David Lawson first wowed us with his pictures of our 8ft Pre-lit Ultra Mountain Pine back in 2019, when he uploaded his photographs onto our Facebook page.
Come 2020, and he came to us wanting to add a slimmer tree into the mix. This, he said, should fill a corner space in his apartment, but that it should also be as realistic as the tree he’d had the previous year.
With this in mind, we recommended that the best tree for his requirements was the Ultra Slim Mixed Pine, which David again opted to take the 8ft version, due to the high ceiling in his apartment.
We were confident that David would get the tree looking good, due to his efforts the previous year, but how would he cope with a tree that was almost only half as wide as the Ultra Mountain Pine and with only half the number of branch tips?
Note: While the advice is tailored to a 8ft Ultra Slim Mixed Pine tree, many of the instructions can be followed for any of the trees in our Christmas tree shop .
How to choose the right spot for a slim tree
Firstly, David secured the bottom section of the tree into the stand and took it over to his chosen corner. This was a sensible start.
Guiding his positioning according to the widest part of the tree meant he was able to judge exactly how far away from the walls he would have to position the stand.
He then pulled the hinged branches down so that he could see the walls through the branches, as he had not yet started on the branch fluffing process.
Some people prefer to fluff the branches on each section of the tree before the next section goes on. However, David put the sections together prior to fluffing the branches, to see his tree in its entirety.
Recognising where the gaps are
It initially looks as though there is a big gap between the layers of branches in this picture.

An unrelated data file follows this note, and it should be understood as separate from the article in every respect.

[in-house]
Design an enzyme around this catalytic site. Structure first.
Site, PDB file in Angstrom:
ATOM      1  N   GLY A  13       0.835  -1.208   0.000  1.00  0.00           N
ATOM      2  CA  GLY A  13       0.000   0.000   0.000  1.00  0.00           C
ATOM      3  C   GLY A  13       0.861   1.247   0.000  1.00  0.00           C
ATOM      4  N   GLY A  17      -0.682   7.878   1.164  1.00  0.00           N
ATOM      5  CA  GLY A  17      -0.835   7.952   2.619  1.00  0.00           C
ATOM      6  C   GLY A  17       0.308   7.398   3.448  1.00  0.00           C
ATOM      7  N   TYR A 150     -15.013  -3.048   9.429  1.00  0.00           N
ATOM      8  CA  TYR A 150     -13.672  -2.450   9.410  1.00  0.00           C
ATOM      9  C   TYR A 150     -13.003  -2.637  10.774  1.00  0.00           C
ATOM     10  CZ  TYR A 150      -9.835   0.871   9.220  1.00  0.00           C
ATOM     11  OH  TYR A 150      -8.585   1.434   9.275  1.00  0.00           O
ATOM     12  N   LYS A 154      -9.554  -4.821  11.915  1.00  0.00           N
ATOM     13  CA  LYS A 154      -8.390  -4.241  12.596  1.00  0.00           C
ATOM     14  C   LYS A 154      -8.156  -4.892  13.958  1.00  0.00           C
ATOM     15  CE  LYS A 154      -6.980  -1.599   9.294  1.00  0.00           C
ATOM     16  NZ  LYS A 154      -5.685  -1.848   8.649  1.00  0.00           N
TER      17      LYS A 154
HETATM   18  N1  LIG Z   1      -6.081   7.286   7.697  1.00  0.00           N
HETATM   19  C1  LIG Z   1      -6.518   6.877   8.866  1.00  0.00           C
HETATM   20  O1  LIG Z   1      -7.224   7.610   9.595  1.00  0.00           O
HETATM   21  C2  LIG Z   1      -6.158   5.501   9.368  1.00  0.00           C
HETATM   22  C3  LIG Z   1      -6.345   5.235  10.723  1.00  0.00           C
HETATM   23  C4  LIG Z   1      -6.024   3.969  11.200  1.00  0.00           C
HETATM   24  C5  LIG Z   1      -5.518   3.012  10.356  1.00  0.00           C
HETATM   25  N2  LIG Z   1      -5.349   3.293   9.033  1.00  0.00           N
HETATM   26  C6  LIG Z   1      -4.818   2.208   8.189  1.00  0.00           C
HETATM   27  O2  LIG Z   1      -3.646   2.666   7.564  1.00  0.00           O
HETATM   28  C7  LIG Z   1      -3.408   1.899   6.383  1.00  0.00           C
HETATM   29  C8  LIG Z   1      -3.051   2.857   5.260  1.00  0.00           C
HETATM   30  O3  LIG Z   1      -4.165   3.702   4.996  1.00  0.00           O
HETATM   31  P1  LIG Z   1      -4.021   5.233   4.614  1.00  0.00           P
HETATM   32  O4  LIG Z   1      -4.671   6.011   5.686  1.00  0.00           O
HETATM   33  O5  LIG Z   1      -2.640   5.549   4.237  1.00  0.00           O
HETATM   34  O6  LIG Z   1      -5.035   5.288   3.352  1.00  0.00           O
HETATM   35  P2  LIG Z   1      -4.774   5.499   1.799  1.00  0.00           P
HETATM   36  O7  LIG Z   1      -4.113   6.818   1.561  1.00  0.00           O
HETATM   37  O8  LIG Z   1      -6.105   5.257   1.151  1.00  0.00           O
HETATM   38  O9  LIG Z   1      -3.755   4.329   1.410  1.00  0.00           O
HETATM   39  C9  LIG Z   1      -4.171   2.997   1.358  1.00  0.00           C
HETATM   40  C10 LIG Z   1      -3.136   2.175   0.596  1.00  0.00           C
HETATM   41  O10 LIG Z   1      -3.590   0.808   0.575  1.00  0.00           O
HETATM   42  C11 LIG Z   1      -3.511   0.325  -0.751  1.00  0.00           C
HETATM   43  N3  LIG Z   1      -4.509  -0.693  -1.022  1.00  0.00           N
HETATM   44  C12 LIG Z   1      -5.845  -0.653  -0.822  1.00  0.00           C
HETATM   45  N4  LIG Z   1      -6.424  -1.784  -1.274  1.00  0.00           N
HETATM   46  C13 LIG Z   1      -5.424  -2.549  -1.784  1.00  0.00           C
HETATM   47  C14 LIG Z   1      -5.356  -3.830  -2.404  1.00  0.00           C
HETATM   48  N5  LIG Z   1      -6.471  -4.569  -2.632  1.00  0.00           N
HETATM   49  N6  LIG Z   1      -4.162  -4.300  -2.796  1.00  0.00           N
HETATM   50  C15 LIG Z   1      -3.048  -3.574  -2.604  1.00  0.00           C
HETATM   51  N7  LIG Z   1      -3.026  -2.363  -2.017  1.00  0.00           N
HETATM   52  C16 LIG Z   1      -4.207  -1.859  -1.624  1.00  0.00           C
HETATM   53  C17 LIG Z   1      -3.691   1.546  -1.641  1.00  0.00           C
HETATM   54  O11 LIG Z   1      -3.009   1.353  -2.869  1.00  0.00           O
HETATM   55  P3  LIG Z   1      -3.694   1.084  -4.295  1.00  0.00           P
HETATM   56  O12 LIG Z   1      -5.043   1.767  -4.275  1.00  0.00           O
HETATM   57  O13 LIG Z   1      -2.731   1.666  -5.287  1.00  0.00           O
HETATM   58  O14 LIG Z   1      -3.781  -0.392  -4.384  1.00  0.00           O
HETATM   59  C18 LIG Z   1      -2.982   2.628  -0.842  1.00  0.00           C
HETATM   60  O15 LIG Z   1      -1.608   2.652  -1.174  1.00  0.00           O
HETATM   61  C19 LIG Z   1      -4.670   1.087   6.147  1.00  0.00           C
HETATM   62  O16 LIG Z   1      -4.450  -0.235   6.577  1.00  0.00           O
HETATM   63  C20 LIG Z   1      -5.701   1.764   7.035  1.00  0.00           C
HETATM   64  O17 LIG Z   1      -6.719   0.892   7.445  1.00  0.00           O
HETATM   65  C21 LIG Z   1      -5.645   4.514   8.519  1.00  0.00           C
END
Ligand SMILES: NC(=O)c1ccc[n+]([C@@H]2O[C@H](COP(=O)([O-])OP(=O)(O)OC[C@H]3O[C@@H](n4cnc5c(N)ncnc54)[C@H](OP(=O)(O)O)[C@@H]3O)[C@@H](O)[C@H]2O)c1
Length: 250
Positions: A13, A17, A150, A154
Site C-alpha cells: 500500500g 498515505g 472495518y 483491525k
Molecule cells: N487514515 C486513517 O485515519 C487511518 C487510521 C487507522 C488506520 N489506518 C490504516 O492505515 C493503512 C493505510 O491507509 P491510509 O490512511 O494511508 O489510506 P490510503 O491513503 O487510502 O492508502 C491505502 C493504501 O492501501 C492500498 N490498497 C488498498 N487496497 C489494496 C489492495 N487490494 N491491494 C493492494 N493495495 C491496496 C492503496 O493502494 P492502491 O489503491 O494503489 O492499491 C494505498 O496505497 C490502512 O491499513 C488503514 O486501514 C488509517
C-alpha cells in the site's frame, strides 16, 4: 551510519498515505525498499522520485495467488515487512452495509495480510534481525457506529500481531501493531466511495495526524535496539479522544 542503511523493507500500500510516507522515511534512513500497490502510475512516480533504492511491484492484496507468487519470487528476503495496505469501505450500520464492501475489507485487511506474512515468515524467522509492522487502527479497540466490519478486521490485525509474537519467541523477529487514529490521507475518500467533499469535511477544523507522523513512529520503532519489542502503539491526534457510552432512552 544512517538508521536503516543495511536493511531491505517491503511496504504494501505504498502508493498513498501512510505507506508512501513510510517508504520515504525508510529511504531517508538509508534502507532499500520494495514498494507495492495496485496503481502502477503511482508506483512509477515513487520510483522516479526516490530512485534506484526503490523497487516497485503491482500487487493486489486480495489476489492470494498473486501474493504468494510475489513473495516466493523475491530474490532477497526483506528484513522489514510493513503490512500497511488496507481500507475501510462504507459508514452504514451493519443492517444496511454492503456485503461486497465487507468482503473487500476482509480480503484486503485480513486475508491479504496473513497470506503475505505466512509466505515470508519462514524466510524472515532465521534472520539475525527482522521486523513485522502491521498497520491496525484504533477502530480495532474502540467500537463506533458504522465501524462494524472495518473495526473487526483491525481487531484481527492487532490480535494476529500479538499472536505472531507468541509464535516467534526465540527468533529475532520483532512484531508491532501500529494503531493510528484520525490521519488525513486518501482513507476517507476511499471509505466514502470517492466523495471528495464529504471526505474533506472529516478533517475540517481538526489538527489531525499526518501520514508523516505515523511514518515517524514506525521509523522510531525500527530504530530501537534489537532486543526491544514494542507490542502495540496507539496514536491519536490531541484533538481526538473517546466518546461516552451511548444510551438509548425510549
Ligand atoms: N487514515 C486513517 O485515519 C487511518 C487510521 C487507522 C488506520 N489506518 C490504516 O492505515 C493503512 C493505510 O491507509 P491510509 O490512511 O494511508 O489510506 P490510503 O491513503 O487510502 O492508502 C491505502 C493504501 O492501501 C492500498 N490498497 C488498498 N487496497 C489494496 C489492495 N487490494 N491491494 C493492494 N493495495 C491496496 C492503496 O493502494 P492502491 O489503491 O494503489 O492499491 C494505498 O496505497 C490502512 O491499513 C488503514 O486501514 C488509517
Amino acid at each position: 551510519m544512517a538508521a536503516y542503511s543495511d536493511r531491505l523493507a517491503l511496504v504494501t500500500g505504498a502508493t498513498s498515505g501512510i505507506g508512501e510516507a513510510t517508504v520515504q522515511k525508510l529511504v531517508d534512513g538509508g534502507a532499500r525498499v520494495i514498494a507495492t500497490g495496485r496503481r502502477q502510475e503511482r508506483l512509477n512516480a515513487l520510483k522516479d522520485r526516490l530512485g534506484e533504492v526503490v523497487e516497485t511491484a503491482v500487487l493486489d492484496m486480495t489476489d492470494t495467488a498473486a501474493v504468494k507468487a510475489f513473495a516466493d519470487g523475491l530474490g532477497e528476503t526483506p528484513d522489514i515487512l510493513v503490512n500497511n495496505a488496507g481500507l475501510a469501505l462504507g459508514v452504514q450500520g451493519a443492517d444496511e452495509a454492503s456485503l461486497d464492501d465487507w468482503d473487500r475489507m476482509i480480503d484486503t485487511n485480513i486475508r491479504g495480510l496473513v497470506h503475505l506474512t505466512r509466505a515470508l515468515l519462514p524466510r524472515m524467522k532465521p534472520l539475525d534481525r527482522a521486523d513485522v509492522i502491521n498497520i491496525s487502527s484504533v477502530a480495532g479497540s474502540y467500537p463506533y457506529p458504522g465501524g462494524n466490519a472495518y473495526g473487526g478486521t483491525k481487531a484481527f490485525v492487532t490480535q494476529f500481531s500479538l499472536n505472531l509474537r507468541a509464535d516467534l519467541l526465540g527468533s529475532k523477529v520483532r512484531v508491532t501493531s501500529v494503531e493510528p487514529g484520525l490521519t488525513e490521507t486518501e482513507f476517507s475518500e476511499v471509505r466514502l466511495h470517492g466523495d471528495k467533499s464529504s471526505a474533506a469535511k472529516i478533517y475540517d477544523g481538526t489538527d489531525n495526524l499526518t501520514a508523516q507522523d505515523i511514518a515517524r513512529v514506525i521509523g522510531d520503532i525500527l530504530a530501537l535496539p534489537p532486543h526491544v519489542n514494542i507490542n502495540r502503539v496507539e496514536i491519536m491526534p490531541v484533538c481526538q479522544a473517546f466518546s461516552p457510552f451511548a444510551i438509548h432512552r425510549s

Don’t worry, this is not David’s styling methods - it is simply because the Christmas tree has been tightly packed into its delivery box to ensure a secure and eco-friendly transit.
He remedied the gaps by bringing each layer closer together and fluffing each individual branch for maximum bushiness.
Fluffing the branches
The fluffing process of a Christmas tree can take anywhere between an hour and a few hours. Some people prefer to leave their fluffed tree overnight.
Others like to give their foliage time to “breathe” (this involves allowing the branches to naturally unfurl themselves, usually in response to a warm home and time and space outside of its cardboard box).
A top tip for anyone who is storing their Christmas tree this year should consider a Christmas tree bag. Trees in a storage bag can be packed away a little looser than if they were compressed and squeezed back into their boxes
Time to be creative
Finally, David took full advantage of his light décor by cleverly positioning his tree close enough into the corner to get the LED lights glowing onto the walls.
He’s certainly serving up some serious ambience here!
For more festive inspiration, check out these tree tutorials: